We arrived at our new Irish digs after a slightly confusing drive from downtown Dublin. I have to say that “slightly confusing drive” while driving in Ireland is probably a redundant phrase. When you factor in driving on the left hand side plus the congestion of downtown Dublin and highway numbering strategies that don’t make a lot of sense to a foreigner, let’s just say that when we pulled into the driveway, we both exhaled rather deeply.
The house is charming, and is on the property of the equally charming couple, Pat and Una, who own and manage it. We had a very nice chat with them upon our arrival, but I don’t remember anything they said because all I heard was their lyrical Irish accent, which we floated on like they were singing a siren’s song and we were sailors ready to crash into the rocks to hear it. They could have told us they thought either of us looked a lot like Donald Trump and we would have just smiled and asked them to keep talking.
Their property is quite large and filled with cows and some horses and a whole flock of rabbits. Maybe you don’t call a bunch of rabbits a flock… but if they all were to back up at the same time, you could call it a receding hareline. Har Har!
This is the house from the outside, and our VW Golf, which is a great little car despite having the stick shift for its manual transmission on the left.
The first morning the two of us went to get into the car, we both opened the wrong doors at the same time, looked up at each other, and busted out laughing. Ah yes, the driver’s side is on the right.
Here are some views from the house looking the other way, from inside the main kitchen/dining area window. Quite a gorgeous view, all the way to Ireland’s second tallest mountain. I don’t think one would ever get tired of such a view.
And here’s what I look like working on the blog (and work stuff) from our kitchen. The house appears to be fairly new, and after being in a couple of small apartments and hotel rooms, feels positively like a mansion with its three bedrooms and two bathrooms.
I tried to ride this noble steed so Carolyn could always remember me riding up on a white horse in order to rescue her from the flock of killer rabbits, but had to settle for this photo instead.
So for our first Irish excursion into the countryside we decided to visit the area called Glendalough, which features an ancient (we’re talking 6th century) cathedral and monastic settlement, founded by none other than St. Kevin.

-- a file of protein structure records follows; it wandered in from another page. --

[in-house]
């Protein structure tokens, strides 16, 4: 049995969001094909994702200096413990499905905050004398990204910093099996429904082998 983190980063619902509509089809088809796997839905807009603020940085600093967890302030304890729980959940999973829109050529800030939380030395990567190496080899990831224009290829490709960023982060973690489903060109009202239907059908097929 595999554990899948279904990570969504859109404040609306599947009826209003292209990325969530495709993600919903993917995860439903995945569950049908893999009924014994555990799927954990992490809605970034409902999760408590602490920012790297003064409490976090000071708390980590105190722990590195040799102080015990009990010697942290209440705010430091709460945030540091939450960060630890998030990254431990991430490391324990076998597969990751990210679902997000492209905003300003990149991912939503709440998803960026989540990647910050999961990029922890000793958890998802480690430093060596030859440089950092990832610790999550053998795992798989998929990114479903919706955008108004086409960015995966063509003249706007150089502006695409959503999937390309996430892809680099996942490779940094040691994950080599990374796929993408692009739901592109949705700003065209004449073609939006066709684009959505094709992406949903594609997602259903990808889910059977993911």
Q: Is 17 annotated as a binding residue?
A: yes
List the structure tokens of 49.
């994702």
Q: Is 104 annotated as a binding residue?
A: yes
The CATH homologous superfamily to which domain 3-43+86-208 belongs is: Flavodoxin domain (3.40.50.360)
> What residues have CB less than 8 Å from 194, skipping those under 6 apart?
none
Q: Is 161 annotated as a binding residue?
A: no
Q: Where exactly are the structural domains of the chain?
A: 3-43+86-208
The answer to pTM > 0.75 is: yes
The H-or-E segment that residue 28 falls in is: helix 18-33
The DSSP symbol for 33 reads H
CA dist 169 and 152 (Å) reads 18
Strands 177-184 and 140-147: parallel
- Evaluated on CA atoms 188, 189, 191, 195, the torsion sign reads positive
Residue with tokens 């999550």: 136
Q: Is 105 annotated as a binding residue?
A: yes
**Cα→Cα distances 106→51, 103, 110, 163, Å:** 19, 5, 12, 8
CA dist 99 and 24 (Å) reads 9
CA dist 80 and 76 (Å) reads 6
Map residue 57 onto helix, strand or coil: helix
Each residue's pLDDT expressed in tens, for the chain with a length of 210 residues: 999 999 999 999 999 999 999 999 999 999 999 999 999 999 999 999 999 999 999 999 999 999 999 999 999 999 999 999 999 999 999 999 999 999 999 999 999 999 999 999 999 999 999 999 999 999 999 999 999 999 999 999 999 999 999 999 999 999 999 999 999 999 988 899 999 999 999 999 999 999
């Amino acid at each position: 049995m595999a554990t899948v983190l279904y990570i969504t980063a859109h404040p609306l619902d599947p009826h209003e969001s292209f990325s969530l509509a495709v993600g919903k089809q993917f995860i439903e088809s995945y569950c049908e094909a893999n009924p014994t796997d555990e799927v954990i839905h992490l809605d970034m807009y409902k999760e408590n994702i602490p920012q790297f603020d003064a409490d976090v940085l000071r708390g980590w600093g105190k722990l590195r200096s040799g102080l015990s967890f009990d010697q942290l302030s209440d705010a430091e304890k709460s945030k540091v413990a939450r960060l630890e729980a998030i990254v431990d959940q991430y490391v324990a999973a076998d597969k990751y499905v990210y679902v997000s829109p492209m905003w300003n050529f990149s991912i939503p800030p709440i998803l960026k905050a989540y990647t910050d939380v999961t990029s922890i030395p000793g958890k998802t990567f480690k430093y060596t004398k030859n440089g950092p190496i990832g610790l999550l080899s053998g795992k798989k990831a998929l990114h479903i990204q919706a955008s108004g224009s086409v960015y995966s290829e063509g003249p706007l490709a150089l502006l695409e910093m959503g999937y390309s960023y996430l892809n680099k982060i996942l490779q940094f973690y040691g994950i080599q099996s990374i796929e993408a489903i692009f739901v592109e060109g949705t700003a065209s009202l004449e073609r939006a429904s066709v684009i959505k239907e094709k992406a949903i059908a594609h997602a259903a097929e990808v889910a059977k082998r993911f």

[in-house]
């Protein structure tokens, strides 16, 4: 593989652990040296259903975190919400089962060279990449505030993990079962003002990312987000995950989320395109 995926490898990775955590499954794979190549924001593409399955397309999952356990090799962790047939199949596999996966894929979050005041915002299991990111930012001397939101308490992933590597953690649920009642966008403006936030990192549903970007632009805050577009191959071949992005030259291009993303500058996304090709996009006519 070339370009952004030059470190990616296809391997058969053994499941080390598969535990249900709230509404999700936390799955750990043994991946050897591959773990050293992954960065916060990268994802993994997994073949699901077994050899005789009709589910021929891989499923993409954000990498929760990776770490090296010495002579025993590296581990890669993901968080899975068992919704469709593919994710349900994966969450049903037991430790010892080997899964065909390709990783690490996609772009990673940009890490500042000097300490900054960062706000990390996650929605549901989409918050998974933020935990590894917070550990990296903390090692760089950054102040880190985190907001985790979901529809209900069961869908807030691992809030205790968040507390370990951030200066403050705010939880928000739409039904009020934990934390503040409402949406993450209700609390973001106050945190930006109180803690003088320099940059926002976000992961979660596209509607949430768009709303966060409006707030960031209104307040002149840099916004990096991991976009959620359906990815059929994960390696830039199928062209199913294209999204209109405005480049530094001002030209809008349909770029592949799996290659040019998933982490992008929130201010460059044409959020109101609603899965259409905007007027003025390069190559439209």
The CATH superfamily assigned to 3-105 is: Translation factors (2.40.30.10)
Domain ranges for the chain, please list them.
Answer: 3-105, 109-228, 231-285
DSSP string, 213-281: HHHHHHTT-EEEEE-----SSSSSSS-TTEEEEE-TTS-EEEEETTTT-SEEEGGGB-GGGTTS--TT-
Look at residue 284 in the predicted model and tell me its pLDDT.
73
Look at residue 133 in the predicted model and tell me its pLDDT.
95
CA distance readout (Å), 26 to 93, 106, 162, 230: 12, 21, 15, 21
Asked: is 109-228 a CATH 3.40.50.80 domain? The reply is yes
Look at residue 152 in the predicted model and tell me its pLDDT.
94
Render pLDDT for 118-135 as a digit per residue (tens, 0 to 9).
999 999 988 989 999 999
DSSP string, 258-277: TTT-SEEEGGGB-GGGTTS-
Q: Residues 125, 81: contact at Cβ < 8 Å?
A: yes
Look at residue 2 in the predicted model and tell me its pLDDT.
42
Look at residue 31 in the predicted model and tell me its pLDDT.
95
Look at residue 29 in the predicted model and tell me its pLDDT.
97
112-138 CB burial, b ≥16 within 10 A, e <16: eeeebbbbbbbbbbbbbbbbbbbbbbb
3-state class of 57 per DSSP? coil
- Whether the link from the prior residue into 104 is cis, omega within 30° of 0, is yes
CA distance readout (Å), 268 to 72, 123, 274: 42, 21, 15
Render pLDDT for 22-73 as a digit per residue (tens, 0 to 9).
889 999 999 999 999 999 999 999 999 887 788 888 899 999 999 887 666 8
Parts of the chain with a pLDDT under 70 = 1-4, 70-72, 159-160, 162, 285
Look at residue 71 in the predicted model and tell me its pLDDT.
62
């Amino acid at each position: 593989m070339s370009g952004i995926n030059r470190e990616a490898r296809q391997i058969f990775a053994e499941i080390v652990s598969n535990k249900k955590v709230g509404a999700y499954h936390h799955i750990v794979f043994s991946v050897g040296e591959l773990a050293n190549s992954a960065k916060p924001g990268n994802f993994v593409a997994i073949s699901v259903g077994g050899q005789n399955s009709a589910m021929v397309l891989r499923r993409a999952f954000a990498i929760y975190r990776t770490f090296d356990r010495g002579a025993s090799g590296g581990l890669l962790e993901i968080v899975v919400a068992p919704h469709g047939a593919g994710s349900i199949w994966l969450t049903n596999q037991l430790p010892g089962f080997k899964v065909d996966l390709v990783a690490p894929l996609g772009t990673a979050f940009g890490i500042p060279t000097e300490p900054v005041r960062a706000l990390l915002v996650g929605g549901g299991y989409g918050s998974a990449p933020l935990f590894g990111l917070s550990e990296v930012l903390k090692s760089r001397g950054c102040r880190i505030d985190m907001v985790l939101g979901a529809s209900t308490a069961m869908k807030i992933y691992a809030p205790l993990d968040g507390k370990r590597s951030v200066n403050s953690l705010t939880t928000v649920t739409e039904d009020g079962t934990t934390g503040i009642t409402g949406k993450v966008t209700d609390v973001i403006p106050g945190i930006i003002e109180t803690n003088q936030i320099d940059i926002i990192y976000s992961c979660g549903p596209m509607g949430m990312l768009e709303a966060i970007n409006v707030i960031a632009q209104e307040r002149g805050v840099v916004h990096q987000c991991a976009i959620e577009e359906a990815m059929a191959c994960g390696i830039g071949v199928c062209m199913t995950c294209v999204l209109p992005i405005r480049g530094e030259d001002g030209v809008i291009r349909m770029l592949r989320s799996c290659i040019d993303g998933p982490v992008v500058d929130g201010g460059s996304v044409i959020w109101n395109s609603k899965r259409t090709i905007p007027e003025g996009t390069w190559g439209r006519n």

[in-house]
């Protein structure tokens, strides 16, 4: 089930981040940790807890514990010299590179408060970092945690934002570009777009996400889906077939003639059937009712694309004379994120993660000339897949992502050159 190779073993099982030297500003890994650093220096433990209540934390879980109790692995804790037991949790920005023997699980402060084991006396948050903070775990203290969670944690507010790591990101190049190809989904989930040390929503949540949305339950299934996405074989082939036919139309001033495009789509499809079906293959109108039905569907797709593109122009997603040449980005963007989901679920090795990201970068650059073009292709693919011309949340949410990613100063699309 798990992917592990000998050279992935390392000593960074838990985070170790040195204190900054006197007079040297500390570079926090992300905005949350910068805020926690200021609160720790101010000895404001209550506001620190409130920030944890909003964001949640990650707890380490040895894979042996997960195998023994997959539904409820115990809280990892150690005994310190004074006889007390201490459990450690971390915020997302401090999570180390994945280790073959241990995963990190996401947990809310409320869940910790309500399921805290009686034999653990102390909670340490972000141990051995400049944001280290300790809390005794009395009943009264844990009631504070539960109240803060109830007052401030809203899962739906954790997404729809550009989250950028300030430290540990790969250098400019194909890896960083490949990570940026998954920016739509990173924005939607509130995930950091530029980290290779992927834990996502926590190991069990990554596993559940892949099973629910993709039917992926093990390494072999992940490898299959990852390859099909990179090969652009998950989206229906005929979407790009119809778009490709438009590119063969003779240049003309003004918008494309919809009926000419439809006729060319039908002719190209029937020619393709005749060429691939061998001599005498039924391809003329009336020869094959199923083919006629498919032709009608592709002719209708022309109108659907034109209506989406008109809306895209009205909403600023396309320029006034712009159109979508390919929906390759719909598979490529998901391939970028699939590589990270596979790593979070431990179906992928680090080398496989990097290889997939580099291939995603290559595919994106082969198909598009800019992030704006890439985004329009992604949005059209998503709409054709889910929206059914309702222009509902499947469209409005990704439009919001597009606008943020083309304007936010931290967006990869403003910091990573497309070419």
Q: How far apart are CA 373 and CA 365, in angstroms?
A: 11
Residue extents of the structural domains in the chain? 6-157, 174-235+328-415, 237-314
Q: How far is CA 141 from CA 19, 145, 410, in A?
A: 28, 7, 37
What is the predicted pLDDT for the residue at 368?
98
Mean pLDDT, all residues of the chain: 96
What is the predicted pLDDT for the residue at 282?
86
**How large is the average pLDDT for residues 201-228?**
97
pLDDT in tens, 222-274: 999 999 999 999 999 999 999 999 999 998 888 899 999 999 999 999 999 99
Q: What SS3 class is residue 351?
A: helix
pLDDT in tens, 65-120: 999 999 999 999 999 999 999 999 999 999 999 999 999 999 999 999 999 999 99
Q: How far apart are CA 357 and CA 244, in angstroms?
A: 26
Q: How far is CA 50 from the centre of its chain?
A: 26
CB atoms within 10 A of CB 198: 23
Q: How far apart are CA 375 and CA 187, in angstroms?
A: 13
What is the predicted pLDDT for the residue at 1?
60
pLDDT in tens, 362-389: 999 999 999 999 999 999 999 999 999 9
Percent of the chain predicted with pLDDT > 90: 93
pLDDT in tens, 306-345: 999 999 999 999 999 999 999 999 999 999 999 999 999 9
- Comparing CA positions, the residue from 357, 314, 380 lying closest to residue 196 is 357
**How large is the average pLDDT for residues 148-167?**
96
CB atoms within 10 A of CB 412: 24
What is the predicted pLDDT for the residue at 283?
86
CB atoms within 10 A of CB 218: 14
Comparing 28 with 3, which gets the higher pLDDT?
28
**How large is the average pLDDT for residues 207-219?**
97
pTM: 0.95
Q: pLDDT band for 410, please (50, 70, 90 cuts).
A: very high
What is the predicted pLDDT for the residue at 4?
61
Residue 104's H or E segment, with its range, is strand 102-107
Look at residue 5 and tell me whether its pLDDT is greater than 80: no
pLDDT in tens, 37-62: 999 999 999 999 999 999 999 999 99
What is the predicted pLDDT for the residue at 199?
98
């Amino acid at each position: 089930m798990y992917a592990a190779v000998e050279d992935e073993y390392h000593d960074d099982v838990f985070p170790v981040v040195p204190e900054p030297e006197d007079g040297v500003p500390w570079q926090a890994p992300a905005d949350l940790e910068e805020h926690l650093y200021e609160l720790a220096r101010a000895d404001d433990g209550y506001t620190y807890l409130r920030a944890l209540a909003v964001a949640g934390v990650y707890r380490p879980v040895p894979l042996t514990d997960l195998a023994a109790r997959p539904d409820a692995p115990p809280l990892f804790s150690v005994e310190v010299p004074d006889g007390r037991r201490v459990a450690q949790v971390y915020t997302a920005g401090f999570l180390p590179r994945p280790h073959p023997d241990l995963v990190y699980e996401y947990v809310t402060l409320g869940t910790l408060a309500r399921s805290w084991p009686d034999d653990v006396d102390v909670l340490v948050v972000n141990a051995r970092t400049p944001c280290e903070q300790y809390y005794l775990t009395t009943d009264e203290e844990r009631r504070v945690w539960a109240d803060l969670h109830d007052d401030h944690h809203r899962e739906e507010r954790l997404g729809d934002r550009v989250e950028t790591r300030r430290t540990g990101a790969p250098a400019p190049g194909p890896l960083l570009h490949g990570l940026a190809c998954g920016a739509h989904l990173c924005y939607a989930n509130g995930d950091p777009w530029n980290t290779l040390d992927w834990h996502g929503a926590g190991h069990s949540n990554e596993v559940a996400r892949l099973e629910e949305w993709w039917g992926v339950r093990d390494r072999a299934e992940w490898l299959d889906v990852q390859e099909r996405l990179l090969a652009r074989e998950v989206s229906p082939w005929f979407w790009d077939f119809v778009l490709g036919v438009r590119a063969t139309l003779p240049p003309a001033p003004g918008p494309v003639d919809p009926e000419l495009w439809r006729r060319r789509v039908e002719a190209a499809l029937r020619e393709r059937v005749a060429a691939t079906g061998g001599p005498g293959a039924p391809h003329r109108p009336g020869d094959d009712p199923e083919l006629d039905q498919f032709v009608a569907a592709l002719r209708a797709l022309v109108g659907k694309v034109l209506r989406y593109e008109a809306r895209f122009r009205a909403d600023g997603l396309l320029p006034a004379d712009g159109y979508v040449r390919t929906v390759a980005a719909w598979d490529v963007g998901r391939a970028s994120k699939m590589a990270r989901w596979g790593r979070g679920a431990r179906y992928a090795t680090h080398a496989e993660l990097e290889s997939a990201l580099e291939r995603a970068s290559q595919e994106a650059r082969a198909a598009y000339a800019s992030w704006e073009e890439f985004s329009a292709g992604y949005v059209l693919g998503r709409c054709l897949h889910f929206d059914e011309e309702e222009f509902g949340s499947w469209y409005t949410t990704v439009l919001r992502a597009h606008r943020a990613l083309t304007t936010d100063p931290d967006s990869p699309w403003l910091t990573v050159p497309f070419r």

But first, we had to get there by car. And by driving on the left. With the driver’s side on the right, with the gear shift on the left, and the windshield wipers on the right, on two lane roads that are about as wide as a typical one-lane road in the states and generally no idea where we were at any given time.
On the drive, Carolyn was snapping pictures right and left in order to collect a sense of the Irish countryside. It is green, and beautiful, and only bisected by these teeny tiny roads. Here is a short slide show to give you a sense of the countryside.
Said roads are occasionally inhabited by some of the many sheep that can be seen just about everywhere. We even noticed a sheep pumping gas at one of the stations. Anyway, when driving on these roads, you certainly can’t afford to be distracted. In addition to almost creating a freezer full of lamb chops, one with a backwards “VW” imprinted on it, we also rounded a bend and nearly rear-ended a bicycle rider. You really have to be a little nuts to be riding a bike on roads with no shoulders and that can barely accommodate two cars.
Once we arrived at Glendalough, we were treated to a nice little tourist attraction which featured a fairly large cemetery, as well as a tower, a church, and the remains of a cathedral. The stone construction makes it look as if the church will stand for another 1,400 years.
Anyway, if you’re interested, here’s another slide show of all that we saw. Warning: It’s about 45 pictures so it may take some time to load.
It’s not often I find a saint named after me, much less an ice cream cone.
Afterwards we went inside to escape the hail. It hailed off and on the entire visit. Carolyn had herself an Irish coffee and I couldn’t pass up a locally brewed St. Kevin’s Ale.
Do you like sheep? If so, you’ll love Ireland!
Aaand just to prove that Carolyn is not the only person in the world to get excited about doors, I couldn’t help snapping a picture of this postcard, which will also serve as our closing Door of the Day picture: